Social Media

We’ve spoken before about how to use Social Media during a crisis. but there’s far more to it than simply, what to post on Facebook and how to post on Instagram.

Use the business downtime to get organised. Create a social media calendar and ensure you cover all relevant platforms.

Consider splitting up the types of information you share. If you plan to share something industry or community related in the morning and then share something personal in the afternoon. Sharing something personal is of course down to the individual. Some people are wary of sharing too much information and that’s understandable. But remember, people buy people. If your customers can relate to you, you’ll find your social media posts get more engagement.

By creating a social media schedule, you can plan ahead. You might find an article that your audience will find interesting, bookmark it so you can find it later. You might be planning to go for a walk with your dog. Take a few photos so you have something to share later.

Being organised is all about mindset and routine. If you build that routine, you’ll find it easier to save articles and take photos for your posts.

There are even some fantastic apps you can use to build good habits. Apps such as Streaks, will encourage you to keep the momentum going. Each time you do a task and record it, you’ll get a little hit of endorphins, you’ll feel good and most importantly, you’ll make that habit stronger.

Content Marketing Schedule

Content marketing during a crisis can be a powerful tool. We’ll discuss why in another post, but suffice to say, business downtime is a great opportunity to create a content marketing calendar.

Work out how often you would like to post an article or a blog. The effectiveness differs with each industry, but many companies choose to release at least one article per week.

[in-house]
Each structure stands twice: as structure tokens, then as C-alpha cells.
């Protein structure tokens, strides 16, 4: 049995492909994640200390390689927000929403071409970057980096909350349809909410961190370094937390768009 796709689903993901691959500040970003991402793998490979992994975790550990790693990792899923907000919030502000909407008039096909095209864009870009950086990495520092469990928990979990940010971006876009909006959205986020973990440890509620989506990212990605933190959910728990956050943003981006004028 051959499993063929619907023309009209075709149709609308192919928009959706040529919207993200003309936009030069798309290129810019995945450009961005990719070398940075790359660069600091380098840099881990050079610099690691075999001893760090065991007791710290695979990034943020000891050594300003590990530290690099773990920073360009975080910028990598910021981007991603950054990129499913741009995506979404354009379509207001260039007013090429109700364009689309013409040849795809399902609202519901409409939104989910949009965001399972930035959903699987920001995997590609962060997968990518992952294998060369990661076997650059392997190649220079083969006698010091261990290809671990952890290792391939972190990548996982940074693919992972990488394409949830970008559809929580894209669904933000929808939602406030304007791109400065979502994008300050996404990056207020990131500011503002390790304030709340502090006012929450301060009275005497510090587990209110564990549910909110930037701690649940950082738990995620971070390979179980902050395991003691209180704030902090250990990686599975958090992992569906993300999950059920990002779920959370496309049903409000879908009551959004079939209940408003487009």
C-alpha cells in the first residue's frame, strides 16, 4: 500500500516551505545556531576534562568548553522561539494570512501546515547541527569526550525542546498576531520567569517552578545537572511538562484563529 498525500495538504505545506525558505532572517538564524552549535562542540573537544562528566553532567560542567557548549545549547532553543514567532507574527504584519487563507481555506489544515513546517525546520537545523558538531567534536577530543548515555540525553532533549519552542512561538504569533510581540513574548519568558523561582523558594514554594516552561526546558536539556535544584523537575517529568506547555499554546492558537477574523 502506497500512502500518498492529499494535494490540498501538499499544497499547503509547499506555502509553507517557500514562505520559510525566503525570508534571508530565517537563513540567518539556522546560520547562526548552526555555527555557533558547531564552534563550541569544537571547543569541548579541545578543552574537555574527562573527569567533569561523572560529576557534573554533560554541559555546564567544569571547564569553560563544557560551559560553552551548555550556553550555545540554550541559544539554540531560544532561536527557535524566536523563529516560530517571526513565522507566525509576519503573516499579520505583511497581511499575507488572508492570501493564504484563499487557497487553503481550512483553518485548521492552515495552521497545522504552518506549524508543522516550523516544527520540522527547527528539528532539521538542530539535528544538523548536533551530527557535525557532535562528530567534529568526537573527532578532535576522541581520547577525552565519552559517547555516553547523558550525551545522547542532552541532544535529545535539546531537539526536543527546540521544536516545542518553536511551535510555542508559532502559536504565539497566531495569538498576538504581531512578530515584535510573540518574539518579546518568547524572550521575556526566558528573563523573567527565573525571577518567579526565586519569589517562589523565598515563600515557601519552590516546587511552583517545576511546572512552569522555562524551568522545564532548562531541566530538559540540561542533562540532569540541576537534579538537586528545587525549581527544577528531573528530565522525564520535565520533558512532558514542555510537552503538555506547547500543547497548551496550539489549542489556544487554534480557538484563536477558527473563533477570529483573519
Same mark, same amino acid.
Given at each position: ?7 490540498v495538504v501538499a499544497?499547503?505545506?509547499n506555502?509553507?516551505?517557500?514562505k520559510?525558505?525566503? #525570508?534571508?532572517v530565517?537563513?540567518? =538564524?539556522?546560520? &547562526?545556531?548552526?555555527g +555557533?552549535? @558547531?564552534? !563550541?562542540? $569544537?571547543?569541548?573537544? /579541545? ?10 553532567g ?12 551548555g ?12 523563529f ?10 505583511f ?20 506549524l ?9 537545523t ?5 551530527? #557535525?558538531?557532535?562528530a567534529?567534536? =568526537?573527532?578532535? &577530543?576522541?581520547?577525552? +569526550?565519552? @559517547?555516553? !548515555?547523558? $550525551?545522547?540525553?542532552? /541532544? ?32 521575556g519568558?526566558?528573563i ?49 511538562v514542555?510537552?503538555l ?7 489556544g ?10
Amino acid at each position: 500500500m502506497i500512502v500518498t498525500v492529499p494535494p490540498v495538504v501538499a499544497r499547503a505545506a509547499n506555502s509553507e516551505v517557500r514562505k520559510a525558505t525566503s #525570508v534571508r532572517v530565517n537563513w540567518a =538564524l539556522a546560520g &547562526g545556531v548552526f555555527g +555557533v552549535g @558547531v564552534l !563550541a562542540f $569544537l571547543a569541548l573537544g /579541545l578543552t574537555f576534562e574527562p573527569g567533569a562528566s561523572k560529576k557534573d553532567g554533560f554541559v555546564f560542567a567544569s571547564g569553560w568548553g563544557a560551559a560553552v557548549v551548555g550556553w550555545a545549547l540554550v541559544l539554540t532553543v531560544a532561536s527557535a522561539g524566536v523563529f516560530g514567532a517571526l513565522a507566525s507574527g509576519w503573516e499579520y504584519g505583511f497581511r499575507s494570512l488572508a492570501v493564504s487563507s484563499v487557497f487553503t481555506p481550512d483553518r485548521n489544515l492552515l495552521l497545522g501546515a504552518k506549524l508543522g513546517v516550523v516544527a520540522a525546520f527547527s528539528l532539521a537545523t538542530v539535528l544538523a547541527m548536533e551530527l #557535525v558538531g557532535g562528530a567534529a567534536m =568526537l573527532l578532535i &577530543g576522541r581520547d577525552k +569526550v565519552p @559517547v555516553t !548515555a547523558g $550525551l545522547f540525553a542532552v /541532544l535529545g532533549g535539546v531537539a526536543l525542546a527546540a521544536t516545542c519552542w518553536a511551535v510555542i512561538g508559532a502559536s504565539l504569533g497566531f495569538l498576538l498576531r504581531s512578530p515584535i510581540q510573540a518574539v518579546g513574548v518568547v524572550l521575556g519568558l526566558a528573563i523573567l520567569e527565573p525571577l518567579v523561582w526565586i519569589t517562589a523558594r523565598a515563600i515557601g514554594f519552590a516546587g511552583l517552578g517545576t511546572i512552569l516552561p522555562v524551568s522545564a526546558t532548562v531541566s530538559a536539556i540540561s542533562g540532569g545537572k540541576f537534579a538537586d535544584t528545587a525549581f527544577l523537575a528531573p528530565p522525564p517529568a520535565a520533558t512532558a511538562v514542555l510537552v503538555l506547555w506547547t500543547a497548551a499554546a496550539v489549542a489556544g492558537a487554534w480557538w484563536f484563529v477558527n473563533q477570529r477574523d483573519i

Calculate how long you would need to write an article, how long you would need to have edited and proof-read and schedule that time in. Book that time into your calendar and stick to it. It’s sometimes easy to push writing an article to the back of the to-do list if you’re struggling for content, but if you plan ahead, you’ll never be short of material.

Again, use an App like Streaks to record your progress.

Think about what you will release and the order of your content. You might find that releasing the content in a particular order will allow you to link later posts to earlier posts to support what you have to say.

Training

By carrying out the above, you may discover areas of improvement both for yourself and for your business. Use business downtime to ensure that when normality is restored, your business returns stronger than ever before.

Set aside time for personal development. It might be that you need to understand social media more. You might even consider leadership, business or financial training.

If your business employs staff, consider offering them training too. Business downtime is the perfect time to develop your employees both as individuals and as a team.

Just because people are working from home doesn’t mean your team have to be disparate. If you use video conferencing tools such as Microsoft Teams, Zoom or Skype to carry out meetings then why not use them to bring everyone together too, just as they would during a coffee break. The business downtime might even give you a chance to relax a little and form bonds with your team.

Business downtime is without question, full of uncertainty. But by getting organised, you can achieve a huge amount, develop great habits and even build a stronger, more qualified team.

Use the business downtime to your advantage. Assess your competitors, discover your USPs, increase your social presence and when normality returns, your company will be on the front foot and ready to take the industry by storm.